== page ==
Facts and figures on the latest winter blast

The Associated Press
Associated Press
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Charley English, left, head of the Georgia Emergency Management Agency, arrives at the Capitol in downtown Atlanta, Wednesday, Feb. 12, 204, for a briefing with Gov. Nathan Deal. An ice storm knocked out power to a large swath of the South, as Atlanta saw its second bout of snow in just over two weeks. (AP Photo/Christina A. Cassidy)

Much of the eastern half of the United States is getting hit or under the threat of a winter storm that's dropping snow and icing up the Southeast. Some facts and figures about the storm:

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DIRE FORECAST: The National Weather Service called the storm "catastrophic ... crippling ... paralyzing ... choose your adjective" for the South, including Atlanta, where a storm a few weeks ago created huge traffic jams. A National Weather Service map of the storm showed possible effects hitting 22 states from Texas to Maine.

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POWER OUTAGES: More than 350,000 homes and businesses lacked power in several Southeastern states by early Wednesday afternoon, and the numbers were growing.

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TREACHEROUS TRAVEL: More than 3,100 flights were canceled across the country, according to the website FlightAware. At least nine traffic deaths have been reported, including three killed after an ambulance careened off a slick Texas highway and caught fire and a firefighter killed when he was knocked off an interstate ramp in Dallas. The mayor of Washington planned to declare a snow emergency — meaning vehicles parked on emergency routes will be towed — for the first time since 2010.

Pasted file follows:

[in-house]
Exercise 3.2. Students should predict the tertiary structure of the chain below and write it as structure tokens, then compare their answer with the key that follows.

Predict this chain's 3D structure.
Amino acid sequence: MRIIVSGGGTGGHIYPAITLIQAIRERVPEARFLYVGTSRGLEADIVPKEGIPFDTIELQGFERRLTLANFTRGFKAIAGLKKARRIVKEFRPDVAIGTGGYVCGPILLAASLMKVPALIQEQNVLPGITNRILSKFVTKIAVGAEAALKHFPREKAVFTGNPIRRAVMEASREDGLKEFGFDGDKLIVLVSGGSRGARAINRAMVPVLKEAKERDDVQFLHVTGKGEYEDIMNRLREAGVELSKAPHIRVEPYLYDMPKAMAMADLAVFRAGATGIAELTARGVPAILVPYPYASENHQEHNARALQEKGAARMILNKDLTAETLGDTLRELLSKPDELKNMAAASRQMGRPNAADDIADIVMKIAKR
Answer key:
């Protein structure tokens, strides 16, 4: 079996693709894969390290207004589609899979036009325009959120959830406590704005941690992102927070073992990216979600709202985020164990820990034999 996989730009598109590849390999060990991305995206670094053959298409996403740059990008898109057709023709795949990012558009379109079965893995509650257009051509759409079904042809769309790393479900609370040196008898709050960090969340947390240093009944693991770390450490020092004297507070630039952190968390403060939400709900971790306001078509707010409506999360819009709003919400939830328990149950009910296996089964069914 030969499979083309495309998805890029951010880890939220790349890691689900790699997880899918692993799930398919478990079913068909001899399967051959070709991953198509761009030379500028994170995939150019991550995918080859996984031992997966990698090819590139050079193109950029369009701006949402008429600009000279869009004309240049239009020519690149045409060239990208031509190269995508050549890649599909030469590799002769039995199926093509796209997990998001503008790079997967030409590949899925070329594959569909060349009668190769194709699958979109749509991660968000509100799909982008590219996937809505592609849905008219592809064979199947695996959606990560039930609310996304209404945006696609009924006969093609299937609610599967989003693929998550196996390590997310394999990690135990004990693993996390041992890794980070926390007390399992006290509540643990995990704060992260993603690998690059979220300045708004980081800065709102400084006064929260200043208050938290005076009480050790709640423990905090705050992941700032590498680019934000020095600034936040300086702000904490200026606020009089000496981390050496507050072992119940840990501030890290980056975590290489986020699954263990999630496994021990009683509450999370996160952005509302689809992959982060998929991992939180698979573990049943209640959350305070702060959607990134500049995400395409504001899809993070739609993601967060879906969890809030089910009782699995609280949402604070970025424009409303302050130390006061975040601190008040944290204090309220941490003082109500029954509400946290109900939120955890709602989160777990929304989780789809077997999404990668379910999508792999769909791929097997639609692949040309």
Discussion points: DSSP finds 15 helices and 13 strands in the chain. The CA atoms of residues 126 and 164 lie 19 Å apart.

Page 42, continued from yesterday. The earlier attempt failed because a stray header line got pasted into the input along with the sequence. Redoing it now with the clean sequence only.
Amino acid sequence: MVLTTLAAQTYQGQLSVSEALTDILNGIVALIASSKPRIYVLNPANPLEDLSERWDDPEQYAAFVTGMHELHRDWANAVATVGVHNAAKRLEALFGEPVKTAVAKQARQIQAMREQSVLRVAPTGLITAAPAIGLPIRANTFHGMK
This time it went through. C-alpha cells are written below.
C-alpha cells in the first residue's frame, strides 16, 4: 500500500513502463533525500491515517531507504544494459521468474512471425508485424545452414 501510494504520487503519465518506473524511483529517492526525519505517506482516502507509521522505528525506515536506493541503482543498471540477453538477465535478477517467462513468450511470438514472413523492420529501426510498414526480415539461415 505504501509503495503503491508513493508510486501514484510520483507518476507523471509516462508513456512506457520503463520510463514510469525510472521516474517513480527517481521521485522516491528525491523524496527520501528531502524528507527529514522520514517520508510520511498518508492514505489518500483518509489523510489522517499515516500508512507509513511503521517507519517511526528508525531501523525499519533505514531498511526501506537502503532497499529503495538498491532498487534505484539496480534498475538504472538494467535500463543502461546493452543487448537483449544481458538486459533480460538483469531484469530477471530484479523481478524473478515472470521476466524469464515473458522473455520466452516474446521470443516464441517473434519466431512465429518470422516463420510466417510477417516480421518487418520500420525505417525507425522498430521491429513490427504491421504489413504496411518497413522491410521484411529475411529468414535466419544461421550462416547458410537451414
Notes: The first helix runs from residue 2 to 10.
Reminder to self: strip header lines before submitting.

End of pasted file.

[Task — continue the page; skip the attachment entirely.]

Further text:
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STOCKING UP: "It's a survival instinct. We're taught to stock up in case we can't leave the house," says Virginia Lee, a senior research analyst with Euromonitor International in Chicago. Her research company only tracks annual sales figures, but she says there is little doubt of a spike in sales of staples like bread, milk and eggs ahead of the storm.

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WINTER CANCELS WINTER: A celebration of winter tourism in the Olympic village of Lake Placid, N.Y., has been postponed because of storm forecasts. Plans had called for visitors take part in skiing, bobsledding and other winter sports at the sites that hosted the 1980 and 1932 Winter Olympics. A new date has not been chosen.

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STROKE RISK: Cold weather, high humidity and big daily temperature swings seem to land more people in the hospital with strokes, according to new information out of the American Heart Association's International Stroke Conference in San Diego. The study finds that as it gets warmer, stroke risk falls 3 percent for every 5 degrees.